Companies in Liberia must get their financial statements audited by a licensed registered auditor or audit firm. An auditor’s report must express an opinion on reliability of the financial statements and compliance with the relevant accounting standards.
Accounts of the following must be audited:
All legal entities established in accordance with the law of Liberia or authorized to conduct business in Liberia, if they fail to fulfil the obligation to keep and store accounting records and accompanying documents, will have to pay a penalty of 3 000 USD to 5 000 USD. Other possible sanctions are termination of the legal status of good standing of the company, cancellation of the license to conduct business and even dissolution of the company. Any combination of the mentioned sanctions is allowed that the Registrar considers matching the gravity of the violation.
Companies that do not provide financial statements within the prescribed period may be imposed with penalties. A specific penalty for late filing of financial statements may vary depending on the type of the company, duration of the delay and specific circumstances of non-compliance.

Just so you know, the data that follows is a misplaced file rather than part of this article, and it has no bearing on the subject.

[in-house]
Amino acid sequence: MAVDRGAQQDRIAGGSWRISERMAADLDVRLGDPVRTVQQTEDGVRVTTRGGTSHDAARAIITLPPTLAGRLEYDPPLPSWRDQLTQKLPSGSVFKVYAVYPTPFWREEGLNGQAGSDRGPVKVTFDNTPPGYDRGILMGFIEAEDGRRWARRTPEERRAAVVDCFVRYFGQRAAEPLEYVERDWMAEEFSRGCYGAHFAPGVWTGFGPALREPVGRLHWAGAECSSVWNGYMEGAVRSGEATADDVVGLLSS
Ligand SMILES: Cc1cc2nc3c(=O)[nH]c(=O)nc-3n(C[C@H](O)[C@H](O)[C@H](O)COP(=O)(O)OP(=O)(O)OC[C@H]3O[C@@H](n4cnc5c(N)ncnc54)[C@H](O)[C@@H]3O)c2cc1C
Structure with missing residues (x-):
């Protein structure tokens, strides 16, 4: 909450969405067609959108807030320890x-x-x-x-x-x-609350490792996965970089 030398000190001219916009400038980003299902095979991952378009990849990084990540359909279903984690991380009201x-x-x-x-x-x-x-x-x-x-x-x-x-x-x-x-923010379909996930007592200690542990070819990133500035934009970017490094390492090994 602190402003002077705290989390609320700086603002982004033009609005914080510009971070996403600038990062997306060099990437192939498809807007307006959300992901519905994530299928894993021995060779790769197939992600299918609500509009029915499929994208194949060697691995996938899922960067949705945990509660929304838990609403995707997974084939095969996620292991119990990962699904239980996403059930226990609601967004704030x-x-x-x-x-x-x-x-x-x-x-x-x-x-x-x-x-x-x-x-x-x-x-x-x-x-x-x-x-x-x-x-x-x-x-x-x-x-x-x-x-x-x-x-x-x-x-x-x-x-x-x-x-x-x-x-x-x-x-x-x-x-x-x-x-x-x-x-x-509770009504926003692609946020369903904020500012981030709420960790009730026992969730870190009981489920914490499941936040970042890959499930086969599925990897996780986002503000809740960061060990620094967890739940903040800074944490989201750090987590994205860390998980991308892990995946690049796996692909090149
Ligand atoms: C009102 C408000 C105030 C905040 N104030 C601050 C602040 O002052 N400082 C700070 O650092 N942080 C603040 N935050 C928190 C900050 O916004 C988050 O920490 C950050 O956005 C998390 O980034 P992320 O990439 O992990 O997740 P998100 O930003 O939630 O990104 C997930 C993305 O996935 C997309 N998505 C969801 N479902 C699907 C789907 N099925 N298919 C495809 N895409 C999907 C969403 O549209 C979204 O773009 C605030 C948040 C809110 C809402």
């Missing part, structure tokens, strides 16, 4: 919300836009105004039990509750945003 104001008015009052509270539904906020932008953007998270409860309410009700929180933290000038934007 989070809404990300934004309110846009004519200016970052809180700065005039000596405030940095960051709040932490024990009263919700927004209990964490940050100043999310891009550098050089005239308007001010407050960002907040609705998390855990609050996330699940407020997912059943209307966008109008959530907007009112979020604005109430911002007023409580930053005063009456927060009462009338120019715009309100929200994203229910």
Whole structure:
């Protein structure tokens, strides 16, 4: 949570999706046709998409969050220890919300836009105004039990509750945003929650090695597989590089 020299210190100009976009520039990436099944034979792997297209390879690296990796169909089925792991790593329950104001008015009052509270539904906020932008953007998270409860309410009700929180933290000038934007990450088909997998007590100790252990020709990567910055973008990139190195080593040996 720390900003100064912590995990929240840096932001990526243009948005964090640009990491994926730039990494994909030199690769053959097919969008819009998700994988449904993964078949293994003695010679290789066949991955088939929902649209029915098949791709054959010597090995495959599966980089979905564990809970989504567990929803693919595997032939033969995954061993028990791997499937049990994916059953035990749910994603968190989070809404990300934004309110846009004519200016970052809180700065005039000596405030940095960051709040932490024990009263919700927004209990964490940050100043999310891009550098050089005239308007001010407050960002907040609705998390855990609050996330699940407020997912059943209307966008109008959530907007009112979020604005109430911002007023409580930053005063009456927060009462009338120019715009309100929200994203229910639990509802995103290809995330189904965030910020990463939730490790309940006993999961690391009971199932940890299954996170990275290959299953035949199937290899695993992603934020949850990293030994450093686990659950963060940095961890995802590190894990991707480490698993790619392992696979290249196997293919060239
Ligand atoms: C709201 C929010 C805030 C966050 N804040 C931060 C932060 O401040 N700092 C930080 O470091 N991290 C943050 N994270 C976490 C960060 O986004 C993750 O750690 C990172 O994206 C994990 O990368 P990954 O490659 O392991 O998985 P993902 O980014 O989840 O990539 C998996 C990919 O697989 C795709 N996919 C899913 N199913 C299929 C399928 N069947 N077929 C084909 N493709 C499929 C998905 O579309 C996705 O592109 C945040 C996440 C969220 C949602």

According to the LRA, companies that fail to file their tax returns or financial statements on time may be imposed with a penalty of up to 10% of the amount of the due tax and required to pay additional interest on outstanding tax. The penalty may increase depending on the duration of delay, and additional penalties are charged for each subsequent month of non-compliance.
Requirements regarding consolidated financial statements in Liberia normally include the following:
Companies that must file consolidated financial statements include: